Skate Park Etiquette- A Parents Guide

At Sunday Soldiers, we wear our love of skating on our sleeves. You'll see it reflected in some of our designs, you'll notice skateboards popping up in our social media feeds, and many of you have probably seen our 2 year old son Lion belting around the house or feeling out the backyard half pipe on his "The Zookeeper" cruiser. We spend a lot of time at skateparks.




Usually the first impression that strikes a parent is one of utter chaos. There's kids of all ages (some of us with a few more grey hairs) flying around everywhere on a variety of wheels. Daunting, but a lot more enjoyable for everyone if you follow a few unspoken laws of the land. The kids will be active, outside and shredding in no time.



Walk Before you can run.



Everyone starts out somewhere. One of the greatest things we've noticed about skating is how accepting and encouraging the skate community is, so never feel embarrassed to get out there and give it a go. However, be honest about your children's abilities before unleashing them on the skatepark. While skateparks give the kids an environment to test their limits in a healthy fashion, it's best for them to start out small and work their way up. Flat ground and small ramps are the best place to start. 





Pad Up!



Like most things fun, skating isn't without its inherent risks. And there's no bigger buzz kill for your little ripper than a broken wrist (or worse). A good well fitting helmet, elbow and knee pads and wrist guards are a good start (you can even get padded shorts to save nasty hip and bum bruises). The 187 Killer Pads Junior 6 pack from our local core skate store Soggybones would be our pick. Good pads save hospital visits. 





Observe the flow.



Though it might look like chaos, if you stop and watch the more experienced skaters you'll see they all flow in the same direction. Making sure your kids realise this can save collisions. That skater trying to nail a trick is going to be concentrating on making it, rather than someone cutting across the flow.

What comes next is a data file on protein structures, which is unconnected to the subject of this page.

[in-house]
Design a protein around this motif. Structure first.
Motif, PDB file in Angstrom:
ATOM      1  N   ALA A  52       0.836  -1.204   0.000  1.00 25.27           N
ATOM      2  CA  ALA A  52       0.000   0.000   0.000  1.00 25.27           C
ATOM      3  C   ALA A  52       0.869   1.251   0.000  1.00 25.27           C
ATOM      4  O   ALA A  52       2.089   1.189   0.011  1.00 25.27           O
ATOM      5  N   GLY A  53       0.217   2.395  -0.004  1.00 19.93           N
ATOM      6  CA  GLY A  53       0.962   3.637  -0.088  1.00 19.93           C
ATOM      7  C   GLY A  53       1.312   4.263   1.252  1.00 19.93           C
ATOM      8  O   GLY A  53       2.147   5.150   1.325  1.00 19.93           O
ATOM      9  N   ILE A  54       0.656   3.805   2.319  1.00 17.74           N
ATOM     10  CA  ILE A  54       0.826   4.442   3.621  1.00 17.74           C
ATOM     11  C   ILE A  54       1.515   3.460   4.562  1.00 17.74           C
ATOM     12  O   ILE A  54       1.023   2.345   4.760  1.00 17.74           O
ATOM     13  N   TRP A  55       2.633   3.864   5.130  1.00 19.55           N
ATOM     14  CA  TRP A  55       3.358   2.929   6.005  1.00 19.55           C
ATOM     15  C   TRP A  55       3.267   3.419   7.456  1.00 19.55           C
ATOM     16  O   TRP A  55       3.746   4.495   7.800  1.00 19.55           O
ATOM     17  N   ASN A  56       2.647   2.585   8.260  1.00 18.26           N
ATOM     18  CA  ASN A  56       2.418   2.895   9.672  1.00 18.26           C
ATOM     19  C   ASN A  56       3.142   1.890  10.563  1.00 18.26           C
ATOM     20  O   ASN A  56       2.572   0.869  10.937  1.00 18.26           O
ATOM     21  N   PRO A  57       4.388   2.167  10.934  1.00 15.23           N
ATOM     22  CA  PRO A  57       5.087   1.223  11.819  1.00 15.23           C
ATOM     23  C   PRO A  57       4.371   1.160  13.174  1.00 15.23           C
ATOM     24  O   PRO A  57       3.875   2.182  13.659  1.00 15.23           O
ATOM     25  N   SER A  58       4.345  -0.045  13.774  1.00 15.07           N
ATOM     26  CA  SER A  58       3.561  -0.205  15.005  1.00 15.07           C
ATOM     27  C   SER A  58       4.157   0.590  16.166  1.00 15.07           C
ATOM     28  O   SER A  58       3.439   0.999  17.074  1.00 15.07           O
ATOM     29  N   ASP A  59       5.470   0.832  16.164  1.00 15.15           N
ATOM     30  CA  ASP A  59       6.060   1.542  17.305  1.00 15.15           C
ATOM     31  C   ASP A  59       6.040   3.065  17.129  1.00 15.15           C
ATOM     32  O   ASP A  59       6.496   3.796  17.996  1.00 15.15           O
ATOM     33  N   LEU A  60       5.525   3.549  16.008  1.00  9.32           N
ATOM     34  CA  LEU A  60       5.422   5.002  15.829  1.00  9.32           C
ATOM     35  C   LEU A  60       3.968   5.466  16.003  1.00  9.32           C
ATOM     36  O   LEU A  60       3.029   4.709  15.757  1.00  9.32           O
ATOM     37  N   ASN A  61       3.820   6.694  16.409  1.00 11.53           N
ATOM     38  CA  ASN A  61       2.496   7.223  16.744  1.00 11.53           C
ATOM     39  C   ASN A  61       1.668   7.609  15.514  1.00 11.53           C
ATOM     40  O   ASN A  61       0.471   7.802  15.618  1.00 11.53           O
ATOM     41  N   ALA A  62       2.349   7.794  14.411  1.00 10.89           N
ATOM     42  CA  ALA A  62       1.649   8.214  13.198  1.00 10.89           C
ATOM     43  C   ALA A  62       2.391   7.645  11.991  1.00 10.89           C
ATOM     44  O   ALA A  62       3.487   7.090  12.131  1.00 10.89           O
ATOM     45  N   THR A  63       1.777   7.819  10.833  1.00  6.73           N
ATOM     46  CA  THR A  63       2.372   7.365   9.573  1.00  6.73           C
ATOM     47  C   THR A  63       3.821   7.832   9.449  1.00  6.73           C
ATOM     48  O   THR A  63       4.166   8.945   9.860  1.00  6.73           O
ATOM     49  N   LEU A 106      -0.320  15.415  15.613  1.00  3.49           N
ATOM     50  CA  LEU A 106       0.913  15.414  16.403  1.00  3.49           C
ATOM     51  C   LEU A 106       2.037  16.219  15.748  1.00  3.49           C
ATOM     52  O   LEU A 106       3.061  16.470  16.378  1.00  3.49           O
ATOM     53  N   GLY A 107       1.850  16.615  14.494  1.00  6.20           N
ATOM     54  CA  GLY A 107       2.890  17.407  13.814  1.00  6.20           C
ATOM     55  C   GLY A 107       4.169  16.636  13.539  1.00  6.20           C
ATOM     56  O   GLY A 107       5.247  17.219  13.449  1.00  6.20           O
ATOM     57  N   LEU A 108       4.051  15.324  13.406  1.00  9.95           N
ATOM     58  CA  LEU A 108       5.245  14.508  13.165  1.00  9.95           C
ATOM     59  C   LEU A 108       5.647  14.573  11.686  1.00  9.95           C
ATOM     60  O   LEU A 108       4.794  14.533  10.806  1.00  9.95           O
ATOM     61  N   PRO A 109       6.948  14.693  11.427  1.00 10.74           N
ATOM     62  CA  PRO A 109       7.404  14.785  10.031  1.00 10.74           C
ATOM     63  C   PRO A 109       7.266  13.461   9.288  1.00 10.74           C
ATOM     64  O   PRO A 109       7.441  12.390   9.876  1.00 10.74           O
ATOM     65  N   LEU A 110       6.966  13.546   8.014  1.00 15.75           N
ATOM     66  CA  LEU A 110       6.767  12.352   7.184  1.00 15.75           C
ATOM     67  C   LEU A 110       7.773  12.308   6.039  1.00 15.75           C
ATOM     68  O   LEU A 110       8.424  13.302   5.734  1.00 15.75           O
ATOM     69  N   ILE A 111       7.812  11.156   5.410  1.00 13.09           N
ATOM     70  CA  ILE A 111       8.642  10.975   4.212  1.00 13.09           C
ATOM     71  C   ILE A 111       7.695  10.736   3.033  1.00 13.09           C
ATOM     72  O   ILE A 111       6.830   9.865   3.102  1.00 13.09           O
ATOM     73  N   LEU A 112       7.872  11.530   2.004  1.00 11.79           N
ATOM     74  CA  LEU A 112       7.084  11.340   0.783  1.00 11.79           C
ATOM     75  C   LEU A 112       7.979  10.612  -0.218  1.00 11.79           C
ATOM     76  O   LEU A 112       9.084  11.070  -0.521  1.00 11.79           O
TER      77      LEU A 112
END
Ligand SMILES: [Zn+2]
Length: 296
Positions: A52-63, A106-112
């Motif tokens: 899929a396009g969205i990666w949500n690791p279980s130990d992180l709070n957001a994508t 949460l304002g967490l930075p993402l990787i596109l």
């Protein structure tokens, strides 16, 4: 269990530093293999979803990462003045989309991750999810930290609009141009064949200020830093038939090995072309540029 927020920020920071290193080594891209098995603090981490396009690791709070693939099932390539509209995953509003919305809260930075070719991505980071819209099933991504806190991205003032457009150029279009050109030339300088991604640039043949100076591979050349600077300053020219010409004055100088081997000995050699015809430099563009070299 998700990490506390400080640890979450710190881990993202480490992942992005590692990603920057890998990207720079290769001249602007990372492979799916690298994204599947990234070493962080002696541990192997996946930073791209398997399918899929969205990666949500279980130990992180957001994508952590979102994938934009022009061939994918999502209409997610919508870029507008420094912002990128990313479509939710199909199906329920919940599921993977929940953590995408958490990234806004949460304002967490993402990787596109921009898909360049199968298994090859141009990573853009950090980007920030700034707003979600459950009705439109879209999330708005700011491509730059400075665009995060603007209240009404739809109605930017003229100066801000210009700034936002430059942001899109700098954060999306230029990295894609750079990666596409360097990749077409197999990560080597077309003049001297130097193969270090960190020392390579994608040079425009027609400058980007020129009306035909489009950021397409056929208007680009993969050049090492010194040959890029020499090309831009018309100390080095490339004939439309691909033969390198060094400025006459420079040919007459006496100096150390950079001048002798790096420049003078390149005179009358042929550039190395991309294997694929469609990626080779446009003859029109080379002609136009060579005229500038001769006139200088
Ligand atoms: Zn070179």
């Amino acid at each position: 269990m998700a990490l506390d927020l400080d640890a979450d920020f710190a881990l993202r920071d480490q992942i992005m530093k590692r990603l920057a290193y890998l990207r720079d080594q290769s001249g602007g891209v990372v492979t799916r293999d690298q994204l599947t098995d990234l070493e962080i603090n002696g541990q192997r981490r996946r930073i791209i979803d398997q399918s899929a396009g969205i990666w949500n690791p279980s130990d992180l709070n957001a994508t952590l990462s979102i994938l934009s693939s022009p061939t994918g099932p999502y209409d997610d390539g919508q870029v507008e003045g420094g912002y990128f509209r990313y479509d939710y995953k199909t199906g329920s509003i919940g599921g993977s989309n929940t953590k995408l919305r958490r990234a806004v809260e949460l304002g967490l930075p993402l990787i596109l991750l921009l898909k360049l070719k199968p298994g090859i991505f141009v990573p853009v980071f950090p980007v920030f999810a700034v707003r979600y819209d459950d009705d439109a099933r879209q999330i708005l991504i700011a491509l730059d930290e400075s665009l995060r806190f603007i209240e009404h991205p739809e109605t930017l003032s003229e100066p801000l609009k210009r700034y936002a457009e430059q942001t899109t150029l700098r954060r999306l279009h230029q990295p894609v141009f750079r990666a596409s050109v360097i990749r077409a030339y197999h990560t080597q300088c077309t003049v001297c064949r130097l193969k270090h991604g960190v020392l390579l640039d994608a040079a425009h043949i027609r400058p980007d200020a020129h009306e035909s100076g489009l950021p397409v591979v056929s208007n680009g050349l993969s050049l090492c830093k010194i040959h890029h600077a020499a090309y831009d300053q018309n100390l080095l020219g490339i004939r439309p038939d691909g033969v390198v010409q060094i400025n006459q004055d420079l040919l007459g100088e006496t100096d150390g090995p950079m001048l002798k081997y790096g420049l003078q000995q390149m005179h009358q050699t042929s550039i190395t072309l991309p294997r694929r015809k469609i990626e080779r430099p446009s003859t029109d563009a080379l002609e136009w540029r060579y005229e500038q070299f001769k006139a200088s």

Don't be the snake.



Like we said before, Skateboarding is meant to be fun, inclusive and encouraging. This means most skateboarders will wait in line and take turns. A snake is someone who cuts in line and takes more runs than everyone else, usually killing the good vibes at a spot. 





Personal space dude!



It's important to leave enough room between skaters to complete tricks and react to sudden direction changes or stacks. On a street section (Those long strips of concrete with ramps, ledges and rails), this means allowing a bit of space to the skater in front. In a bowl or on a half pipe/mini ramp, that means one skater in the bowl or on the ramp at a time. Always watch out for other skaters. Another big one is standing back from the edge of the ramp or bowl. Not only does it keep those on the ramp edge safer from flying boards, it gives the skater room for gnarly grinds and airs. 



It's a skatepark, not a playground.



Nothing irks skaters more than unsupervised kids running through a skatepark, or using ramps as slides. Skateparks are most definitely made for fun, but it's inherent that people will be moving through the park fast on boards with no brakes. There's nothing worse than seeing a child run out into a skate plaza full of fast moving skaters and too much momentum to stop before a collision. If your child isn't padded up and moving with the flow, perhaps a nearby playground with purpose built slides and play equipment would be the safer option.  




Let the good vibes roll!  



One of our favourite things about skateparks (and one of the things that surprised us given our pre conceived notions) was how friendly and encouraging the users are. The older kids usually make sure the younger kids get a roll, encouraging them to push their limits and giving advice. We've had great conversations and made friends while standing around the edge of a bowl, which always makes for a more enjoyable sesh. So throw out some encouragement of your own, be it a enthusiastic "Yeeeew" or tapping your board on the coping (That metal or concrete round part that runs along the top of a ramp) when someone does something rad or new. Add to the vibe and have more fun!





We had a lot of the usual media induced misgivings about skateparks when we were starting out. Knowing what we know now, we would encourage every parent to give their child a crack at skating. Personally, my children and I have made many new friends from many walks of life down at the skatepark. The kids have learnt perseverance in learning to ride a skateboard and learn tricks. They've learnt resilience from picking themselves back up after a slam, and giving it another go. They've learnt to take pride in a place that is theirs, by cleaning up their local skatepark and encouraging others to do the right thing. They show empathy when someone else slams, and encouragement to others. And they receive it back in spades from other skate park users. We've also found a sense of belonging through organised skate groups and through community consultations for new skateparks! 





Get involved! You'll find if you follow these tips, the skate community will be there to welcome you with open arms!